PRA published a policy statement (PS18/19) that contains the final supervisory statement (SS5/19) on liquidity risk management for insurers. PS18/19 also provides feedback to responses to the consultation paper CP4/19 on liquidity risk management for insurers. PS18/19 is relevant to all UK Solvency II firms, including in respect of the Solvency II groups provisions, the Society of Lloyd’s and its managing agents, and non-directive insurers.
The areas addressed in SS5/19 include the following:
- Development and maintenance of proper policies, systems, controls, and processes (Chapter 2)
- Identification of material liquidity risk drivers (Chapter 3)
- Design and undertaking of forward-looking scenario analysis and stress testing programs (Chapter 4)
- Considerations for the inclusion of highly liquid assets in the liquidity buffer (Chapter 5)
- Use of quantitative metrics and tools for measuring and monitoring liquidity risk drivers (Chapter 6)
- Effective contingency planning (Chapter 7)
PRA received thirteen responses to CP4/19. Respondents generally welcomed the proposals, and made a number of observations and requests for clarification. PRA’s feedback to these responses is set out in Chapter 2 of PS18/19. After considering the responses, PRA has made some changes to the draft policy. The most significant amendments involve clarifying expectations of PRA on the definition of risk limits within the liquidity risk appetite framework of an insurer and the role of the board in managing liquidity risk. In addition, the function and characteristics of the liquidity buffer have been clarified. A number of editorial amendments were made to improve the clarity of SS5/19 and are not explicitly addressed in PS18/19.
The expectations set out in SS5/19 and the withdrawal of Legacy Supervisory Statement (LSS) 2/13 on expectations in relation to firms' risk management practices have immediate effect. SS5/19 should be read in conjunction with SS1/19 on the PRA approach after the withdrawal of UK from EU and with the joint BoE and PRA Statement of Policy (SoP) on interpretation of EU guidelines and recommendations related to the BoE and PRA approach after the withdrawal of UK from EU.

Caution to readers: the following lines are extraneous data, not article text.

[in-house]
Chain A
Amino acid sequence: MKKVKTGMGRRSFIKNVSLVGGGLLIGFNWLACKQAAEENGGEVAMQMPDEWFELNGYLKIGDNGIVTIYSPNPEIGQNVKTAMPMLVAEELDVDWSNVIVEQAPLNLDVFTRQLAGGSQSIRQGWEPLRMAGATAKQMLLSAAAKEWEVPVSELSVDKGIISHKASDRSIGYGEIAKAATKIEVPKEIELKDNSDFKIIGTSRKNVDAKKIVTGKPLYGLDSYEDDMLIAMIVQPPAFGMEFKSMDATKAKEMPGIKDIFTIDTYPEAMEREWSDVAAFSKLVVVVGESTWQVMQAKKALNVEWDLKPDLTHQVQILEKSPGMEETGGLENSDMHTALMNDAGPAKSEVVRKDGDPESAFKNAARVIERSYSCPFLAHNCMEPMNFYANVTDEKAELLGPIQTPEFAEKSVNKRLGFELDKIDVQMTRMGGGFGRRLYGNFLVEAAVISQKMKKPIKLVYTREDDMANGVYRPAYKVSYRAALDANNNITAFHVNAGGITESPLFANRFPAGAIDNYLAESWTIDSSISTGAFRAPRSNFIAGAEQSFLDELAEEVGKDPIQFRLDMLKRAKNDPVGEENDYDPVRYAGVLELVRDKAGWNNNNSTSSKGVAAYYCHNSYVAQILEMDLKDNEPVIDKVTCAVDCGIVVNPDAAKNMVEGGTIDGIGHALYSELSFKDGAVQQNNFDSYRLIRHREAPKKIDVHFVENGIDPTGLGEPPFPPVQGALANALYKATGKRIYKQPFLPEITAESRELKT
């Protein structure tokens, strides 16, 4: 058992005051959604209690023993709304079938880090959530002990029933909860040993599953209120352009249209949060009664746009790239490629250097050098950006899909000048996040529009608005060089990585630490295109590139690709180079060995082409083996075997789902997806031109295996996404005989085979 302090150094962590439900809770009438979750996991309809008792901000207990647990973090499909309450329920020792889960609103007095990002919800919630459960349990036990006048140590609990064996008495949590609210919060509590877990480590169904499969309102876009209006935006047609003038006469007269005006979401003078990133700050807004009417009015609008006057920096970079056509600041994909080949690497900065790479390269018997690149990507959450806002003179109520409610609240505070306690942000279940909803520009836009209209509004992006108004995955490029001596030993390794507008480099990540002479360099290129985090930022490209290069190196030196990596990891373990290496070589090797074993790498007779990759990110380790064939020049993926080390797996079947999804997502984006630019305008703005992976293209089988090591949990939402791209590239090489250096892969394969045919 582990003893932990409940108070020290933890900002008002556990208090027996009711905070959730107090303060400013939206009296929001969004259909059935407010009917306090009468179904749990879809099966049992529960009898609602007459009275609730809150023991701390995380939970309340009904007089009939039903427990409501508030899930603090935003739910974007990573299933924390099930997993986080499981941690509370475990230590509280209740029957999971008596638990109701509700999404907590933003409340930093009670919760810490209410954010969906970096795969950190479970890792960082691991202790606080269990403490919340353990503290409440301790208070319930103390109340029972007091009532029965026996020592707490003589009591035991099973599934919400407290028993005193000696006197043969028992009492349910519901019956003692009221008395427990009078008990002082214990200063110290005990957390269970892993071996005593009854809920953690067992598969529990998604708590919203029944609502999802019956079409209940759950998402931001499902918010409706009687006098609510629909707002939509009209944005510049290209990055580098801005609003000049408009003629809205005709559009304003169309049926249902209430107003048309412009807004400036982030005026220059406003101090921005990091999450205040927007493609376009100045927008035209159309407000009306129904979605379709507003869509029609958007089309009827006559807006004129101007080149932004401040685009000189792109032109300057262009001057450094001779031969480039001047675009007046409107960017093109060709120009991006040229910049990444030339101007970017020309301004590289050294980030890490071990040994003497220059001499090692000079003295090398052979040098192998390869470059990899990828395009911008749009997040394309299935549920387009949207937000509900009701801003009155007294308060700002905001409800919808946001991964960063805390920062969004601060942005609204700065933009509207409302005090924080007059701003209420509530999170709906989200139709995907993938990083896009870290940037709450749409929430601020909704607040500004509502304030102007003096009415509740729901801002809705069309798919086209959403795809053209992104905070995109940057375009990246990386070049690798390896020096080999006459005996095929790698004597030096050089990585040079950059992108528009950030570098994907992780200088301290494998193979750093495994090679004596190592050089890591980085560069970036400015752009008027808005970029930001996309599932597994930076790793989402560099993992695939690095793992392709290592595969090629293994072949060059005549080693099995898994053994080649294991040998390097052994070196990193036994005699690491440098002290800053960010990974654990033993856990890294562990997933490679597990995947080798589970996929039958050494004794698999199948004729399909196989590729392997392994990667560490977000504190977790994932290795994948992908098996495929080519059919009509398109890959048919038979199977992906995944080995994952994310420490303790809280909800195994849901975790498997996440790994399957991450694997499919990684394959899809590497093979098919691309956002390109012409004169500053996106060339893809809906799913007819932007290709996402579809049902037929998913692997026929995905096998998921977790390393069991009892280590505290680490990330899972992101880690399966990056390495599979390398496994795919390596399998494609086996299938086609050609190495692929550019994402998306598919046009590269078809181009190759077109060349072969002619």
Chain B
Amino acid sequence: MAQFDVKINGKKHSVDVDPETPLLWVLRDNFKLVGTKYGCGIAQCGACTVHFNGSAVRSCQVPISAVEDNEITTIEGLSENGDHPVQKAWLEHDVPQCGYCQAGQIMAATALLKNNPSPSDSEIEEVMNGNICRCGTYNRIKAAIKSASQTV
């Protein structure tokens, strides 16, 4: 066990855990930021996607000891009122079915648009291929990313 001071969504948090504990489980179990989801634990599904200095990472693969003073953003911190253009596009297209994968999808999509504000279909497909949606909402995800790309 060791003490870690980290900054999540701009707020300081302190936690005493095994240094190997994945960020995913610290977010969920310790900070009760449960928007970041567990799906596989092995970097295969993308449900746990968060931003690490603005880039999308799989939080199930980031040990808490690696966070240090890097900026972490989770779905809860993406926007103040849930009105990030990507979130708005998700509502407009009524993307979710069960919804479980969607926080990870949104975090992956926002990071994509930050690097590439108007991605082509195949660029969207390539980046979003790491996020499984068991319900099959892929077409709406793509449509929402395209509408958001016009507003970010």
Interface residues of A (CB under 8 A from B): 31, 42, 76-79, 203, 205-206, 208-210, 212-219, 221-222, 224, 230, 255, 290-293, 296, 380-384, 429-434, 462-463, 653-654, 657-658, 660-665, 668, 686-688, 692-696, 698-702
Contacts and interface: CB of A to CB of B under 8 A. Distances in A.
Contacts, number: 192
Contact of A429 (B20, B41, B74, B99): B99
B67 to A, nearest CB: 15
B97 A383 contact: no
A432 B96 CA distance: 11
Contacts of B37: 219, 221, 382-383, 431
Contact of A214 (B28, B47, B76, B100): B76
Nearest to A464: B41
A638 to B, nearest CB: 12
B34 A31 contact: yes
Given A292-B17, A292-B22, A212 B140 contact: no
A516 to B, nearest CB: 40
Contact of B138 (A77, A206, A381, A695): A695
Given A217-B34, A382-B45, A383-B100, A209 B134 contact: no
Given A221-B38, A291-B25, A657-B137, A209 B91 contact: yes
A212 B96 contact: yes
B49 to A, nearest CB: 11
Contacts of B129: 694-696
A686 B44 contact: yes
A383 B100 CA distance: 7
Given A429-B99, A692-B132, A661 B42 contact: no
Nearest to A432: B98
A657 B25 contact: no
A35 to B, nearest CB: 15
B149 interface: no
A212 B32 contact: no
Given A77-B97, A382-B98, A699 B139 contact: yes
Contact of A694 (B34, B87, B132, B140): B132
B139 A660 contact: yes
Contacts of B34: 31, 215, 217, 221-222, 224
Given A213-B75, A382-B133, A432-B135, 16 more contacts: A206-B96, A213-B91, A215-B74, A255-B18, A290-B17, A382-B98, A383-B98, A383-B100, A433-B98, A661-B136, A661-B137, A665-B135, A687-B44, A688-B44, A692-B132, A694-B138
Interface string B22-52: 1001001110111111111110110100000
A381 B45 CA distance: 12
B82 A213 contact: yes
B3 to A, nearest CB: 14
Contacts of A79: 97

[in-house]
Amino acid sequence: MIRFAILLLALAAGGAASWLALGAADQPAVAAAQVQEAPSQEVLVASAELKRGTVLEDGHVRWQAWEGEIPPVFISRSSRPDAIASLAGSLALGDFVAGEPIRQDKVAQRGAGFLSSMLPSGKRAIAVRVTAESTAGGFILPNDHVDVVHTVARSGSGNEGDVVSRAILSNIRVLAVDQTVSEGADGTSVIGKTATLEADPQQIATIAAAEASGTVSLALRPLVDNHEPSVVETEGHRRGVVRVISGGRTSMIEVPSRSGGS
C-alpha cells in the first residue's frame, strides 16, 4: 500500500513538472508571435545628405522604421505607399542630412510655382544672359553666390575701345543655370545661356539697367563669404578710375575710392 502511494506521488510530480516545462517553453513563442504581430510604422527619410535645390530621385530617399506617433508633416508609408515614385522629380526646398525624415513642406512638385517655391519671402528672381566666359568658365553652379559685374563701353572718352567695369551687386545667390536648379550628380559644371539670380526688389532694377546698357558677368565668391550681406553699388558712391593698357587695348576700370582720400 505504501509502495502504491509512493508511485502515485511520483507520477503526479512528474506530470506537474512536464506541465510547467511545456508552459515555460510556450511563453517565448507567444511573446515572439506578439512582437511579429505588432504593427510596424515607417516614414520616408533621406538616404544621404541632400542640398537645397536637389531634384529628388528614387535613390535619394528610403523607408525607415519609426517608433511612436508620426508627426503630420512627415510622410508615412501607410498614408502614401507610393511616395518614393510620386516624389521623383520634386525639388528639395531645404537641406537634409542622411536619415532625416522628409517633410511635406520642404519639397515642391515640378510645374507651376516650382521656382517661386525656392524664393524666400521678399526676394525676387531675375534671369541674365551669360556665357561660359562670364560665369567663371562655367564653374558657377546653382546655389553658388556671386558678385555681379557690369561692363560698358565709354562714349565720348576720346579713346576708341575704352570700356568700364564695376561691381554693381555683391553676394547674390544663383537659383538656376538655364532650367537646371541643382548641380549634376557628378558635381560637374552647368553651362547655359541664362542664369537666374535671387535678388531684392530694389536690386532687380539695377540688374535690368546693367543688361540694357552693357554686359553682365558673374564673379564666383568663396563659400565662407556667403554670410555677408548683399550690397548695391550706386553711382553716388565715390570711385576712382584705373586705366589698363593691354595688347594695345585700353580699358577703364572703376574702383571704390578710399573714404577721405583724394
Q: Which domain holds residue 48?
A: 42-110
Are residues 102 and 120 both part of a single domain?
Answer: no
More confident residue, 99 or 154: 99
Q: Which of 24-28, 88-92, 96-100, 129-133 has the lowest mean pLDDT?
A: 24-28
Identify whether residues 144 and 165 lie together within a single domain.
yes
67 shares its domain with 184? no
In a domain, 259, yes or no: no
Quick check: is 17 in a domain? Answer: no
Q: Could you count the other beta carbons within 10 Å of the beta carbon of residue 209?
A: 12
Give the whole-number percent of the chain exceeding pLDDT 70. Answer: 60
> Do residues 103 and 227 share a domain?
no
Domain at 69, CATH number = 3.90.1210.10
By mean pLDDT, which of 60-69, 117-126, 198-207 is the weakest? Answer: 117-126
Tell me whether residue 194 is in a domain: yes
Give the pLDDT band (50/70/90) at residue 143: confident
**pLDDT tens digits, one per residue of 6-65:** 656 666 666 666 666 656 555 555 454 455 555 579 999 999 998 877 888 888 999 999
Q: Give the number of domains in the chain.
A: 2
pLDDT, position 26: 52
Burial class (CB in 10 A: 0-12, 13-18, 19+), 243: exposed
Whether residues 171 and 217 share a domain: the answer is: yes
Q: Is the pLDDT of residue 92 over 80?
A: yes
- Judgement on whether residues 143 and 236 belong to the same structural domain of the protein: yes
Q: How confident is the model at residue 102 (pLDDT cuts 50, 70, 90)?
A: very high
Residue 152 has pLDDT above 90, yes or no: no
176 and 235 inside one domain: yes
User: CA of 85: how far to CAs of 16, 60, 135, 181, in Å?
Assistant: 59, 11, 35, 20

Effective Date: September 24, 2019
Keywords: Europe, UK, Insurance, Solvency II, Stress Testing, Liquidity Risk, PS 18/19, SS 5/19, Liquidity Risk Management, PRA
Previous ArticleOCC Publishes Report on Trading and Derivatives Activities of Banks
EBA published a report analyzing the impact of the unwind mechanism of the liquidity coverage ratio (LCR) for a sample of European banks over a three-year period, from the end of 2016 to the first quarter of 2020.
In response to questions from a member of the European Parliament, the ECB President Christine Lagarde issued a letter clarifying the possibility of amending the AnaCredit Regulation and making targeted longer-term refinancing operations (TLTROs) dependent on the climate-related impact of bank loans.
IASB started the post-implementation review of the classification and measurement requirements in IFRS 9 on financial instruments and added the review as a project to its work plan.
FSB published a report that examines progress in implementing policy measures to enhance the resolvability of systemically important financial institutions.
EBA published a report on the benchmarking of national loan enforcement frameworks across 27 EU member states, in response to the call for advice from EC.
FSB published a letter from its Chair Randal K. Quarles, along with two reports exploring various aspects of the market turmoil resulting from the COVID-19 event.
RBNZ launched a consultation on the details for implementing the final Capital Review decisions announced in December 2019.
The Trustees of the IFRS Foundation, which are responsible for the governance and oversight of IASB, have announced the appointment of Dr. Andreas Barckow as the IASB Chair, effective July 2021.
HKMA issued a letter to consult the banking industry on a full set of proposed draft amendments to the Banking (Capital) Rules for implementing the Basel standard on capital requirements for banks’ equity investments in funds in Hong Kong.
ESRB published an opinion assessing the decision of Swedish Financial Supervisory Authority (FSA) to extend the application period of a stricter measure for residential mortgage lending, in accordance with Article 458 of the Capital Requirements Regulation (CRR).